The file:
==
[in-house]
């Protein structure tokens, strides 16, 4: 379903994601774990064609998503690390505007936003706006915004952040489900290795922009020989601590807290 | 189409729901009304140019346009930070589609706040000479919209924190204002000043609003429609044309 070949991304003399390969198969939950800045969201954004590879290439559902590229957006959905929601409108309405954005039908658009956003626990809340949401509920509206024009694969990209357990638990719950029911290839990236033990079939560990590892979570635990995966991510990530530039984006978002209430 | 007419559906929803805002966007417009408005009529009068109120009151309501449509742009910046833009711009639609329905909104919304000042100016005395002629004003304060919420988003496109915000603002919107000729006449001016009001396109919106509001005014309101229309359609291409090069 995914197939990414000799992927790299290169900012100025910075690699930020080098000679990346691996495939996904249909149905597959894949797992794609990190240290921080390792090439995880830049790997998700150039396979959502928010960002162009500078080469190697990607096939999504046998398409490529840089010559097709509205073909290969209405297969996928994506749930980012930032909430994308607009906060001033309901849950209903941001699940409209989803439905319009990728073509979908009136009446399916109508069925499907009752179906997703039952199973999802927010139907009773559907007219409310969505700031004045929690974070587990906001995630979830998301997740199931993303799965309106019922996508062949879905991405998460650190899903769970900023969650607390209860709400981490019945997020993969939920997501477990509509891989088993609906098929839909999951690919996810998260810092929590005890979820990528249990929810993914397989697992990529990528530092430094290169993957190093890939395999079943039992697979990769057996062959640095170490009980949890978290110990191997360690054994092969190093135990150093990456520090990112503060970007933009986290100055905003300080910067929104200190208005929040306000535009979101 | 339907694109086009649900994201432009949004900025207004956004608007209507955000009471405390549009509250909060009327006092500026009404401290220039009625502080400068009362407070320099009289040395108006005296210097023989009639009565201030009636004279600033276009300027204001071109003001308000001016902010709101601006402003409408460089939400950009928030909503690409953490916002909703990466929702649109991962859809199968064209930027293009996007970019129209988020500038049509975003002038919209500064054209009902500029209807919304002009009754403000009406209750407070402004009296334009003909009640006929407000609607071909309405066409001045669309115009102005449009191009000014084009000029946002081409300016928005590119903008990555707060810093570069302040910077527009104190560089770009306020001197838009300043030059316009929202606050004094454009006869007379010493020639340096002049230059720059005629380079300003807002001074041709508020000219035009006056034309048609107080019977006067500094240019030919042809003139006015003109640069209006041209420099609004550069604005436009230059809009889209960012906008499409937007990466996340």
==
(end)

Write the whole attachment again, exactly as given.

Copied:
[in-house]
């Protein structure tokens, strides 16, 4: 379903994601774990064609998503690390505007936003706006915004952040489900290795922009020989601590807290 | 189409729901009304140019346009930070589609706040000479919209924190204002000043609003429609044309 070949991304003399390969198969939950800045969201954004590879290439559902590229957006959905929601409108309405954005039908658009956003626990809340949401509920509206024009694969990209357990638990719950029911290839990236033990079939560990590892979570635990995966991510990530530039984006978002209430 | 007419559906929803805002966007417009408005009529009068109120009151309501449509742009910046833009711009639609329905909104919304000042100016005395002629004003304060919420988003496109915000603002919107000729006449001016009001396109919106509001005014309101229309359609291409090069 995914197939990414000799992927790299290169900012100025910075690699930020080098000679990346691996495939996904249909149905597959894949797992794609990190240290921080390792090439995880830049790997998700150039396979959502928010960002162009500078080469190697990607096939999504046998398409490529840089010559097709509205073909290969209405297969996928994506749930980012930032909430994308607009906060001033309901849950209903941001699940409209989803439905319009990728073509979908009136009446399916109508069925499907009752179906997703039952199973999802927010139907009773559907007219409310969505700031004045929690974070587990906001995630979830998301997740199931993303799965309106019922996508062949879905991405998460650190899903769970900023969650607390209860709400981490019945997020993969939920997501477990509509891989088993609906098929839909999951690919996810998260810092929590005890979820990528249990929810993914397989697992990529990528530092430094290169993957190093890939395999079943039992697979990769057996062959640095170490009980949890978290110990191997360690054994092969190093135990150093990456520090990112503060970007933009986290100055905003300080910067929104200190208005929040306000535009979101 | 339907694109086009649900994201432009949004900025207004956004608007209507955000009471405390549009509250909060009327006092500026009404401290220039009625502080400068009362407070320099009289040395108006005296210097023989009639009565201030009636004279600033276009300027204001071109003001308000001016902010709101601006402003409408460089939400950009928030909503690409953490916002909703990466929702649109991962859809199968064209930027293009996007970019129209988020500038049509975003002038919209500064054209009902500029209807919304002009009754403000009406209750407070402004009296334009003909009640006929407000609607071909309405066409001045669309115009102005449009191009000014084009000029946002081409300016928005590119903008990555707060810093570069302040910077527009104190560089770009306020001197838009300043030059316009929202606050004094454009006869007379010493020639340096002049230059720059005629380079300003807002001074041709508020000219035009006056034309048609107080019977006067500094240019030919042809003139006015003109640069209006041209420099609004550069604005436009230059809009889209960012906008499409937007990466996340």